It is worth wandering through the rest of the verdant and tree-lined 3,000-acre PCEA (Presbyterian Church of East Africa) mission area. The Kikuyu Mission Hospital, founded by Dr John Arthur in 1908, is one of the oldest in the country and is famous for its eye unit. There are nine schools in the mission area, which is where African education in Kenya really began. The most famous are the Alliance High School, established in 1926, and Alliance Girls’, Kenya’s first secondary school for African girls. Alliance is Kenya’s most storied school, providing 10 members of Kenya’s first post-independence cabinet. With houses named after Livingstone, Wilberforce, Grieve, Campbell and others, the school has melded its colonial heritage with top-class Kenyan education. Note the girls’ school crest, with a torch superimposed on the St. Andrew’s Cross, Scotland’s national flag. Both schools can be visited on spec, but it is worth ringing ahead (020-2015026).
Having explored the area, head for Kikuyu Town by boda and have lunch at Crave Kitchen, an unexpected delight. Rustic and simple, Crave’s red double doors open onto a barn-like interior with exposed rafters. It is filled with pot plants and blackboards while the walls display an ever-changing exhibition of local art. Crave is the brainchild of the dreadlocked Tom Kamuti, a graduate of Leith’s in London, the cookery school founded by Great British Bake Off judge Prue Leith. Kamuti, once an interior designer in Fulham, later worked as commis chef to Alex Floyd at his Michelin-starred restaurant in Notting Hill. The menu changes every day. Our pork marinated in soy, garlic and ginger served with sautéed vegetables, mash and crisped carrot was delicious — and a steal at Ksh 360.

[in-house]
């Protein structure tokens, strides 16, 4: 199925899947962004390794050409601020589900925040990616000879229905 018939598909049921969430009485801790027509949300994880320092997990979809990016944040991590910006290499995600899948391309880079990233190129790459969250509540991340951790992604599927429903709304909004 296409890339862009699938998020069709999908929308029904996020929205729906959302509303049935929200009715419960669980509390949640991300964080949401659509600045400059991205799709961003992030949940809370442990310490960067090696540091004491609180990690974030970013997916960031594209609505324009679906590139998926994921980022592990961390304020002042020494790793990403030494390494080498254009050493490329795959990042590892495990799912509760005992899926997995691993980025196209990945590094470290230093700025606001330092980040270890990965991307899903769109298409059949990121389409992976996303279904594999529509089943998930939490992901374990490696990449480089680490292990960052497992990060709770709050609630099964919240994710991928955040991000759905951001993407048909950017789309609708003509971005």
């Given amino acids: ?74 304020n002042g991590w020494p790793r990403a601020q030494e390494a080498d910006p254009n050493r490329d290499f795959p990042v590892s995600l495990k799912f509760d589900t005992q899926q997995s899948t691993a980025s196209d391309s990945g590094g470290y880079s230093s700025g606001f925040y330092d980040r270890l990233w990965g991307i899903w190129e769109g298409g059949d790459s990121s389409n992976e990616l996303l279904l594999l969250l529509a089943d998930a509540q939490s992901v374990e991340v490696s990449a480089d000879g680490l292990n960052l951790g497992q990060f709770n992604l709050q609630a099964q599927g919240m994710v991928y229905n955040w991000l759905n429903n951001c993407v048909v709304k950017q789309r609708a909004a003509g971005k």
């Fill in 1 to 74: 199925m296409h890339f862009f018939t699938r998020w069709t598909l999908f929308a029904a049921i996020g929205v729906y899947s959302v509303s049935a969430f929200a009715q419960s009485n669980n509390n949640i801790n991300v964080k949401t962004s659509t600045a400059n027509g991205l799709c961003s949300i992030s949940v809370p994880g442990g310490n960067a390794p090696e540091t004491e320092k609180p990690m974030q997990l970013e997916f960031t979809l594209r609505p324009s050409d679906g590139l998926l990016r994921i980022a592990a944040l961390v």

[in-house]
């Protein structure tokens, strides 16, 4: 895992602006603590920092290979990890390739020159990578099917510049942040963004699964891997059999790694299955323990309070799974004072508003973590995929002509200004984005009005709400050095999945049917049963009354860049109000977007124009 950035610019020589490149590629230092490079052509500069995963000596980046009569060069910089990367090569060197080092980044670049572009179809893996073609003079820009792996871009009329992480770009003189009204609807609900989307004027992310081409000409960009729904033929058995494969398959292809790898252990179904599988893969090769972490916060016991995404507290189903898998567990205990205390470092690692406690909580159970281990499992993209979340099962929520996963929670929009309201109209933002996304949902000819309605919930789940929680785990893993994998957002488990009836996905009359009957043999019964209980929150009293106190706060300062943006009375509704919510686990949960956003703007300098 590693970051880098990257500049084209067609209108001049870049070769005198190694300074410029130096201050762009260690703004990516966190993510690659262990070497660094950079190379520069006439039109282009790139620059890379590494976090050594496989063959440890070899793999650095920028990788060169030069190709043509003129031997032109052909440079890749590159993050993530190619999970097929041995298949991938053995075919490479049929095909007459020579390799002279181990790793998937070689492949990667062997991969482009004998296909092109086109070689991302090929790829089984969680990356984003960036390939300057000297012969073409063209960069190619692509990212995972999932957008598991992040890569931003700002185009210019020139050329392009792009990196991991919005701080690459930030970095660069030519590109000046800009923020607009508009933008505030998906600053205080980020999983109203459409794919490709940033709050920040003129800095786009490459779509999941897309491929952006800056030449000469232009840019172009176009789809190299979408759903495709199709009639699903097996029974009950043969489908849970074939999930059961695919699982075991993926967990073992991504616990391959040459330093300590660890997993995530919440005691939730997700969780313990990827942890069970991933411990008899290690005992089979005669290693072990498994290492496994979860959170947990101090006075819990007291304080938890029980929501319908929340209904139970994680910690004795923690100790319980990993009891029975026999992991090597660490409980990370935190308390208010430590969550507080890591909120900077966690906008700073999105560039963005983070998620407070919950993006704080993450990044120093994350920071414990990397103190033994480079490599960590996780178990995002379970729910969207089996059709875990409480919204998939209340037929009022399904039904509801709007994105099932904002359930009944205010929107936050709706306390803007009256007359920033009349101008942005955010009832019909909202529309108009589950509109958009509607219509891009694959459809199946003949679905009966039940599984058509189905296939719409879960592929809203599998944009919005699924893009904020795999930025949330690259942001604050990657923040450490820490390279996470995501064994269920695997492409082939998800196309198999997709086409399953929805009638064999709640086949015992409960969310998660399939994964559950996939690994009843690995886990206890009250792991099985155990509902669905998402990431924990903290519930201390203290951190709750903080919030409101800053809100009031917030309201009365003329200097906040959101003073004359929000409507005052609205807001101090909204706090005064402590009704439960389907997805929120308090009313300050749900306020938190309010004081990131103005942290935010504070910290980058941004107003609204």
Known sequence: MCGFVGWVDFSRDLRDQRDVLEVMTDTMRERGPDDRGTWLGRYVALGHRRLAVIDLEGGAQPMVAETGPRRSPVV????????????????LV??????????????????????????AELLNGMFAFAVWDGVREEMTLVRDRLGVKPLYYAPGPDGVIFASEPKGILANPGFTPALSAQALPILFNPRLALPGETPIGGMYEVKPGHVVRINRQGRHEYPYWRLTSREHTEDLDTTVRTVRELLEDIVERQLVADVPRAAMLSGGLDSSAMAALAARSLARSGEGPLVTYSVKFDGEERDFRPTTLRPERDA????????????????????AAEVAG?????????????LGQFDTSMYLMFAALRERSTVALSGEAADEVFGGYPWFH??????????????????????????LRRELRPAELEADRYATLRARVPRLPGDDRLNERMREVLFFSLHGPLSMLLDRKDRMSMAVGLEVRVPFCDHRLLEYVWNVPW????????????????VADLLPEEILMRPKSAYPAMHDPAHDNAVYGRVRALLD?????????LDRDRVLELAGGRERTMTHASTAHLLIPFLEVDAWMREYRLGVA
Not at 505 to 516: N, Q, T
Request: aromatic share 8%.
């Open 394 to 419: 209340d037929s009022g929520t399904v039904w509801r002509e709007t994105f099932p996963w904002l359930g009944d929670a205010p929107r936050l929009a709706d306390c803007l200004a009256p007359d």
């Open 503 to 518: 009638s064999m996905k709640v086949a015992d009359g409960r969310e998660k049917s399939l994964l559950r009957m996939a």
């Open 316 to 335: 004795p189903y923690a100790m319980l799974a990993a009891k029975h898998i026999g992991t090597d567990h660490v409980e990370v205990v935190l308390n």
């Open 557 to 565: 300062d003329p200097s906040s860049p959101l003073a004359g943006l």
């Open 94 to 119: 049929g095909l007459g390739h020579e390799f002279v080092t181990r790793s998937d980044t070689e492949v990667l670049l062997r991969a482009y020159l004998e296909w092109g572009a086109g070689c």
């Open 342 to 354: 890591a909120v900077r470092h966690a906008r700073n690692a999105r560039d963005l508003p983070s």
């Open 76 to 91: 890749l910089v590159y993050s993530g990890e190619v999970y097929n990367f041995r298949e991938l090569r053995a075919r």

Suitably fortified, take the short walk towards the Ondiri Swamp (ask at Crave for directions), our final destination, to enjoy the bizarre sensation of walking on water. Forming the headwaters of the Nairobi River, it is Kenya’s only “quaking bog.” To understand what this means, walk across the logs precariously thrown across the swamp and then step off when you find a dry spot. Your are now standing on a floating mat of peat moss. The ground shifts and undulates beneath your feet, as though stepping across a trampoline. Although it feels like it will give way at any moment, the moss is half a metre thick and cattle often graze on it.
Cross the logs and you can hike the footpaths that connect settlements around the swamp. Alternatively, hire a bicycle from David Kinjah, who mentored multiple Tour de France winner Chris Froome. Kinjah’s Safari Simbaz cycling centre (0722 620623) is located in Kikuyu town and can organise tours of Kikuyu, one of the most surprising and under-appreciated spots in the Nairobi region.